Illustration of cloned heads
April 26th, 2016

How to Get Your Big Idea Developed

So you’ve got a Big Idea. Something that’s going to shake up the industry. An idea your customers will love. If you could just clone yourself, you might have the time and resources to make the idea a reality before your competitors do.

Sure, you’ve tried setting aside time each week to focus on your Big Idea. You’ve even put a designer on it, squeezing it in between their other responsibilities. Perhaps you’ve outsourced the project to a consulting firm, only to have the project back on your desk in six months, not much farther along.

Big ideas take a lot of work, and it’s going to take more than spare time from your product development team (or a clone of yourself) to realize them. What you need is a game plan.

Define and test your idea quickly

In order to rally your organization and their resources behind your idea, you need to prove it will work. And that means prototypes. Test as many as you need to demonstrate the benefit of your idea. You don’t have to make it pretty, but you do have to make it work. Be prepared to test many versions before you find the working solution.

You don’t have to create the prototype alone. Can your internal engineering or manufacturing team mock something up? Perhaps your contract manufacturer would lend a hand to get a shot at the new business. Or maybe an outside firm with a network of prototyping resources can handle it.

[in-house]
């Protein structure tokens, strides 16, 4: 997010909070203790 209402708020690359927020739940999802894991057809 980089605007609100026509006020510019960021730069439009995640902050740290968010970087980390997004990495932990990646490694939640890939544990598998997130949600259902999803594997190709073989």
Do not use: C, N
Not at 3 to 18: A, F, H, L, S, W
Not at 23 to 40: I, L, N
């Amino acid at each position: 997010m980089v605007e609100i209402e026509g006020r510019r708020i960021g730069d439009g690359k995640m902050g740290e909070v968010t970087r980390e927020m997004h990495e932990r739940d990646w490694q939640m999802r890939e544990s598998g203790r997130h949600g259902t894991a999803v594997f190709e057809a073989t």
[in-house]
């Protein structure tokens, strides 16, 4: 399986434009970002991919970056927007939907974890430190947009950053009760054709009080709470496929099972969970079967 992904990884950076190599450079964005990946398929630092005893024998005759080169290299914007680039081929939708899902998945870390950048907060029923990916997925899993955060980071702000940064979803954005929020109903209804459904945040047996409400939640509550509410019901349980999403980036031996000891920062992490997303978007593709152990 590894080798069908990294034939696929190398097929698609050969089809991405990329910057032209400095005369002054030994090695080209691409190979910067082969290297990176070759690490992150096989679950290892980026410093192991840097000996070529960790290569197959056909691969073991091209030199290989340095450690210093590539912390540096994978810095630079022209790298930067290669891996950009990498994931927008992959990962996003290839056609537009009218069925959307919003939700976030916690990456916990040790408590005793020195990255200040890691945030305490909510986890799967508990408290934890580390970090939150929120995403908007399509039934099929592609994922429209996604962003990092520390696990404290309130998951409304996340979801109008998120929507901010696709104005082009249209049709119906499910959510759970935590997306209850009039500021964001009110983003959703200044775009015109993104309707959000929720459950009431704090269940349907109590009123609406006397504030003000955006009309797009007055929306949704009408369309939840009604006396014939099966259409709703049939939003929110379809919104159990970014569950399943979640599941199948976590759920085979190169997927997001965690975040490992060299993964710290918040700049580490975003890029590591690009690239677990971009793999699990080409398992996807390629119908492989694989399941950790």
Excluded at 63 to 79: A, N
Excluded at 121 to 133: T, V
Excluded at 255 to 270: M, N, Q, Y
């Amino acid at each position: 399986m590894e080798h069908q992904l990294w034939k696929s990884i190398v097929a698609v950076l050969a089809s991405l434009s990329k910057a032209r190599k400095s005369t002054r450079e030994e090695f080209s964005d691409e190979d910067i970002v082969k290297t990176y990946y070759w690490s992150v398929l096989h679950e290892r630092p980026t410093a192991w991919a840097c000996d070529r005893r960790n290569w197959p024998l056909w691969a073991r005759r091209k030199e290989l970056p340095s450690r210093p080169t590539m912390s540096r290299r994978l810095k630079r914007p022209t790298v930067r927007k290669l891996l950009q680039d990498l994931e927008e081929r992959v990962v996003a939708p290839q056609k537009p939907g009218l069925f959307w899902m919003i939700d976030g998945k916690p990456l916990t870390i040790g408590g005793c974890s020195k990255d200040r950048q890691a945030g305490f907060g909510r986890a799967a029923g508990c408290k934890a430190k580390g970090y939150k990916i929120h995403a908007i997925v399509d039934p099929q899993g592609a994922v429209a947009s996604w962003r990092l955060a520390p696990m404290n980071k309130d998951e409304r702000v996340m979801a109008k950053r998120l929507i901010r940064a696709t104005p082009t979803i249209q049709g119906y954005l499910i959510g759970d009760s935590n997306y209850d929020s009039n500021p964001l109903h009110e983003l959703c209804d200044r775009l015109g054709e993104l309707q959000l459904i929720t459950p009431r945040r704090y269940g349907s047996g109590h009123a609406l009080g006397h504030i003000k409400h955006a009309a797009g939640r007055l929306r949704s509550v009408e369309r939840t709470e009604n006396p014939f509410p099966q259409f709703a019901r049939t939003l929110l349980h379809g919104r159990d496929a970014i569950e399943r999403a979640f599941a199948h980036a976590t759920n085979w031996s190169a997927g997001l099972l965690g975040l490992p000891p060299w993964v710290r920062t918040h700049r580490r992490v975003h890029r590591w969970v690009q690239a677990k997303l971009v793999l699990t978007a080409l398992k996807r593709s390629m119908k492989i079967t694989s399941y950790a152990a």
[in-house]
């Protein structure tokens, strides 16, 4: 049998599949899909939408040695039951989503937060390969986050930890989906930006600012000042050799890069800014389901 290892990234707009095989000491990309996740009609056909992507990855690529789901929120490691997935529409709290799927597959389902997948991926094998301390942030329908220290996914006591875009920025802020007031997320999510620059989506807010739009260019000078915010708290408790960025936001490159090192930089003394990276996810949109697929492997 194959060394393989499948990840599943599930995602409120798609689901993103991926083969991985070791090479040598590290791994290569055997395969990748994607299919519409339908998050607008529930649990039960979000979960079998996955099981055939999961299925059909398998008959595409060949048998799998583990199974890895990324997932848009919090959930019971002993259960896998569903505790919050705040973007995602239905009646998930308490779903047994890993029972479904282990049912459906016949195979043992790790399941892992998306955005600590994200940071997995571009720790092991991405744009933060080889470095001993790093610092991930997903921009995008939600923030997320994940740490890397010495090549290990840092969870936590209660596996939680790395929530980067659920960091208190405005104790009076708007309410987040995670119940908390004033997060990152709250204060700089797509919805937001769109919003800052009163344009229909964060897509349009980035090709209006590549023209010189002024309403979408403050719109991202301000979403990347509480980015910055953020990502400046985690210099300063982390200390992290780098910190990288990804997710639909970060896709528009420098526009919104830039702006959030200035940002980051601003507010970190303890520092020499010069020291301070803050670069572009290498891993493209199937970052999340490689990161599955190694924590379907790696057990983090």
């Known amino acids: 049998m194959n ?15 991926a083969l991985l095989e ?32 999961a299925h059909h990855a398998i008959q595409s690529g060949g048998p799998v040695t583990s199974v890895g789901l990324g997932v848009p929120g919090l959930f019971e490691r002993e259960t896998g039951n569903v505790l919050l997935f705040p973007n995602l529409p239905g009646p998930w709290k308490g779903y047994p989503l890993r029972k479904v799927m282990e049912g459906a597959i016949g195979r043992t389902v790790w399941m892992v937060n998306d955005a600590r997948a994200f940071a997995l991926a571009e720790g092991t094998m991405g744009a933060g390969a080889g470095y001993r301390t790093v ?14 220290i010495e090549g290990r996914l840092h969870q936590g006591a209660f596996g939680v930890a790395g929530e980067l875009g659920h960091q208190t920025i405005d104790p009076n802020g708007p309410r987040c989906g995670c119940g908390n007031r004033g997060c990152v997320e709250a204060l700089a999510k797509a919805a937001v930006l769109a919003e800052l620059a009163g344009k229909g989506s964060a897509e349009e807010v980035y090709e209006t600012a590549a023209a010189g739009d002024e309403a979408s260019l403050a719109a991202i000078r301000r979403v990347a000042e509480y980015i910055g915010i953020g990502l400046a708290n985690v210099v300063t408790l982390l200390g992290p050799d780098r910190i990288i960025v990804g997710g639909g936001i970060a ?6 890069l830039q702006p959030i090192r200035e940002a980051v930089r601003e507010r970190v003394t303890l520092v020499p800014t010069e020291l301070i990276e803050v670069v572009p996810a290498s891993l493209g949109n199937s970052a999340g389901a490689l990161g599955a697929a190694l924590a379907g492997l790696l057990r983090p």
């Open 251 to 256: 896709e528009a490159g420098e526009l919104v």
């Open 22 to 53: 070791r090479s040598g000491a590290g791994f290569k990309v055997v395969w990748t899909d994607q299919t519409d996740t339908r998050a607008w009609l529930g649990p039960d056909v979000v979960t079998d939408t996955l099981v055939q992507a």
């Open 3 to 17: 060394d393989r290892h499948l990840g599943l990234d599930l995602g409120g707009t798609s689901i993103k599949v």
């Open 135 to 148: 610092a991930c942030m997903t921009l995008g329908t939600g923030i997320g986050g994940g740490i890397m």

Call outside resources when you need expertise

Smart product makers often use outside resources with specialized skills to extend their internal teams. Your inside team can help define the criteria and provide important knowledge to minimize wasted effort. Your external experts bring manpower to time-intensive tasks like CAD development and user testing. They also provide a valuable strategic perspective, especially if they have experience in a diverse range of products and industries.

One Example. My team recently had the opportunity to work with a large-scale outdoor equipment manufacturer. They had an idea with the potential to shake up their industry, and they needed to act quickly to prove it. Their engineering teams were buried, so they called us. We studied their factory’s equipment and techniques, and developed designs for a prototype that could be made using the client’s existing materials and capabilities. Their engineers helped us select the concepts that best matched their factory’s capabilities. When we handed over the design, the factory was able to make it quickly and easily, as if it was just another order coming through.

Partner with experts that complement your internal team

Take stock of the strengths and weaknesses of your internal creative team. Where do they shine? Where could they use some support? Perhaps your team is strong on industry experience and materials knowledge, but out of touch with product trends or technology. Line up an outside product development team now that will complement your team, so when a storm hits, you’re ready.

Big ideas take creativity. Getting them developed takes a great game plan—no cloning required.

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